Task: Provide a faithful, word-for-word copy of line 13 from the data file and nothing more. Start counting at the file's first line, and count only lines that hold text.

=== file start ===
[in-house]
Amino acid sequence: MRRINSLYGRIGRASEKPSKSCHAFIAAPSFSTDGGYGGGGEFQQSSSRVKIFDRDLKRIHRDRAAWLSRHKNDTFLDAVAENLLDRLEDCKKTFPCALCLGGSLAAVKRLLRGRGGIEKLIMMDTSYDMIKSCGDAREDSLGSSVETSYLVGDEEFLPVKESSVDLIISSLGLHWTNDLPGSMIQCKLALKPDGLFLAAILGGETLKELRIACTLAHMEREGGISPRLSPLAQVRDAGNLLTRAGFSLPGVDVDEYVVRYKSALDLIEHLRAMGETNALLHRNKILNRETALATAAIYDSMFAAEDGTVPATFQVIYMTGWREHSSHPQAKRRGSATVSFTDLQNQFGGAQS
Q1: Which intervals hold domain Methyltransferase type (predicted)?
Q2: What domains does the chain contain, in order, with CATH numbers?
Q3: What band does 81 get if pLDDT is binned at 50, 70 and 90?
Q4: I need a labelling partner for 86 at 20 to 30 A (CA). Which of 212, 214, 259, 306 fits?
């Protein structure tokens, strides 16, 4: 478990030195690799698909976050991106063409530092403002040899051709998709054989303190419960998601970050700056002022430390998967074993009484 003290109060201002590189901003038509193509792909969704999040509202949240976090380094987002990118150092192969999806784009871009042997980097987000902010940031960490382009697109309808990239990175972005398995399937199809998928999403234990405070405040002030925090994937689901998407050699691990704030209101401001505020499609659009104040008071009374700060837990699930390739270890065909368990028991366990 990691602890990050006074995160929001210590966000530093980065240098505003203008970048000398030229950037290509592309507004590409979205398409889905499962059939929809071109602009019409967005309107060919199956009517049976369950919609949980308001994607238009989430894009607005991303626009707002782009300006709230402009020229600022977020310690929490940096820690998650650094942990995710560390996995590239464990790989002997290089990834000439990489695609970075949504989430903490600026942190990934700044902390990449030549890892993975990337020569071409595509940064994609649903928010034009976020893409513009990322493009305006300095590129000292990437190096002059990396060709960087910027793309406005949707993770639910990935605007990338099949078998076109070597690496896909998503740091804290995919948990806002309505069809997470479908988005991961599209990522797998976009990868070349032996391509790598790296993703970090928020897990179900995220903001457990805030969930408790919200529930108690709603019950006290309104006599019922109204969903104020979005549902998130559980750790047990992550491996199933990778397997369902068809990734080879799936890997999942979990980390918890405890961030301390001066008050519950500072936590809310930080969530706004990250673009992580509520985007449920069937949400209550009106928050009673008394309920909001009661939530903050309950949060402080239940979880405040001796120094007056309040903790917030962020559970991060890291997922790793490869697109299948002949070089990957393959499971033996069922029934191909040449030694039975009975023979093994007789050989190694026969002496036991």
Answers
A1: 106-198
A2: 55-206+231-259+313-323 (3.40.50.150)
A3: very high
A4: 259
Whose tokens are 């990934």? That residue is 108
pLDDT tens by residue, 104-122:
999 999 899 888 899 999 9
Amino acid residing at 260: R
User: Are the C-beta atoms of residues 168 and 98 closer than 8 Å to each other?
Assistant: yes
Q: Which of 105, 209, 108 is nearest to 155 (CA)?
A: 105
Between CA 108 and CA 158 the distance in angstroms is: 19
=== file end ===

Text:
Whose tokens are 């990934």? That residue is 108